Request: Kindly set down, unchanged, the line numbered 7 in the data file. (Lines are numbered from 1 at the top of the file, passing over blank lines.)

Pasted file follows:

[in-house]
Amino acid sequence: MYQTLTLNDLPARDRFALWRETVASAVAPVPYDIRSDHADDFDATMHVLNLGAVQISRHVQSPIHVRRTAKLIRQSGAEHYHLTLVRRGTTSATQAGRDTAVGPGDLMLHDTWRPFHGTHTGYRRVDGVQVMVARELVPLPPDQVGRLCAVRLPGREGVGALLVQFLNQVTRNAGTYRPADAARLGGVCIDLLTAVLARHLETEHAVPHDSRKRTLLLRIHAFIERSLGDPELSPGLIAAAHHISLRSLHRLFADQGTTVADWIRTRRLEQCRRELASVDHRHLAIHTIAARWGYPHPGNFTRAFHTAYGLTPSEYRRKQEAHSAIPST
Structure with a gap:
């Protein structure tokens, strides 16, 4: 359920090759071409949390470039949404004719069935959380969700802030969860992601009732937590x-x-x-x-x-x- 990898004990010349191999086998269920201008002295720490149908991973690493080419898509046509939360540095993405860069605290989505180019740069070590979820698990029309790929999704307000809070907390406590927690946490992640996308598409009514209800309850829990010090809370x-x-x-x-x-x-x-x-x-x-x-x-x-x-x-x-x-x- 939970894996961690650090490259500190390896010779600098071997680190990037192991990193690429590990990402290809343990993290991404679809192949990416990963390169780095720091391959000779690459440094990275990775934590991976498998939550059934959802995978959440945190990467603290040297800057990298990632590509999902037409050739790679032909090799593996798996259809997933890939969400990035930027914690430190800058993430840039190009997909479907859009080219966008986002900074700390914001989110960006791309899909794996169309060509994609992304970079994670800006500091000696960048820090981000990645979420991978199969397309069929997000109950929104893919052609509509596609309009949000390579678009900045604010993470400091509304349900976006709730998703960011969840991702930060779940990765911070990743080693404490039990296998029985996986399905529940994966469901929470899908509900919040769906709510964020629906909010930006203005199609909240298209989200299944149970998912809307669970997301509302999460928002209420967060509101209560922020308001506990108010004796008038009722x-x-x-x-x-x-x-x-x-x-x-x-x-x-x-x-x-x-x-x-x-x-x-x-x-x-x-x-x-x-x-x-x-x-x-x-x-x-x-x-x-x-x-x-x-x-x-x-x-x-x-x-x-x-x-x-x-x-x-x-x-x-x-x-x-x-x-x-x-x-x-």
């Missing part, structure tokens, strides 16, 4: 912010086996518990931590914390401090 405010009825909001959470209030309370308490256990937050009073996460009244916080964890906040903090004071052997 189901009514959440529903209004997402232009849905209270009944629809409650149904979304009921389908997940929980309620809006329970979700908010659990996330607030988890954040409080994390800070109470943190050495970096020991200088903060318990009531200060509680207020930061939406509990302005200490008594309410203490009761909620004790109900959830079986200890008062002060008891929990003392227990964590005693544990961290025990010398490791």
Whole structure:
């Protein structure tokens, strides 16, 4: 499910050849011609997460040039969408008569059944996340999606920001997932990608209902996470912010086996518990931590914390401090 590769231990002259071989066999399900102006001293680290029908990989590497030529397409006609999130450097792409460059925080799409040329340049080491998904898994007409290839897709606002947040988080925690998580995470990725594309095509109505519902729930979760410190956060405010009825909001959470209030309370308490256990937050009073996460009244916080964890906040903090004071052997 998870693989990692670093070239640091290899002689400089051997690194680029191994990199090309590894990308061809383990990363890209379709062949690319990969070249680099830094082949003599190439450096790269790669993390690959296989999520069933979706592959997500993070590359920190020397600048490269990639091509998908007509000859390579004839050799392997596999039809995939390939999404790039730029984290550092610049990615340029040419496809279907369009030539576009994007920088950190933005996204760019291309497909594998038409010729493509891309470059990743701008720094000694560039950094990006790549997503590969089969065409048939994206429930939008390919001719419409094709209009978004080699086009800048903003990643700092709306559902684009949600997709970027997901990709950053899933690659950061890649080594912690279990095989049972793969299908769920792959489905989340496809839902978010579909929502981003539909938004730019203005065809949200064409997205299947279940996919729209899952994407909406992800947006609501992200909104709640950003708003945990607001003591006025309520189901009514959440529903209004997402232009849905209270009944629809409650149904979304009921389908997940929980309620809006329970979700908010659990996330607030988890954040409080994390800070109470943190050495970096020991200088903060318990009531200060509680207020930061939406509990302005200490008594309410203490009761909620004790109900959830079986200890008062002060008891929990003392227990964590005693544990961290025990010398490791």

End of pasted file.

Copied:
């Protein structure tokens, strides 16, 4: 499910050849011609997460040039969408008569059944996340999606920001997932990608209902996470912010086996518990931590914390401090 590769231990002259071989066999399900102006001293680290029908990989590497030529397409006609999130450097792409460059925080799409040329340049080491998904898994007409290839897709606002947040988080925690998580995470990725594309095509109505519902729930979760410190956060405010009825909001959470209030309370308490256990937050009073996460009244916080964890906040903090004071052997 998870693989990692670093070239640091290899002689400089051997690194680029191994990199090309590894990308061809383990990363890209379709062949690319990969070249680099830094082949003599190439450096790269790669993390690959296989999520069933979706592959997500993070590359920190020397600048490269990639091509998908007509000859390579004839050799392997596999039809995939390939999404790039730029984290550092610049990615340029040419496809279907369009030539576009994007920088950190933005996204760019291309497909594998038409010729493509891309470059990743701008720094000694560039950094990006790549997503590969089969065409048939994206429930939008390919001719419409094709209009978004080699086009800048903003990643700092709306559902684009949600997709970027997901990709950053899933690659950061890649080594912690279990095989049972793969299908769920792959489905989340496809839902978010579909929502981003539909938004730019203005065809949200064409997205299947279940996919729209899952994407909406992800947006609501992200909104709640950003708003945990607001003591006025309520189901009514959440529903209004997402232009849905209270009944629809409650149904979304009921389908997940929980309620809006329970979700908010659990996330607030988890954040409080994390800070109470943190050495970096020991200088903060318990009531200060509680207020930061939406509990302005200490008594309410203490009761909620004790109900959830079986200890008062002060008891929990003392227990964590005693544990961290025990010398490791």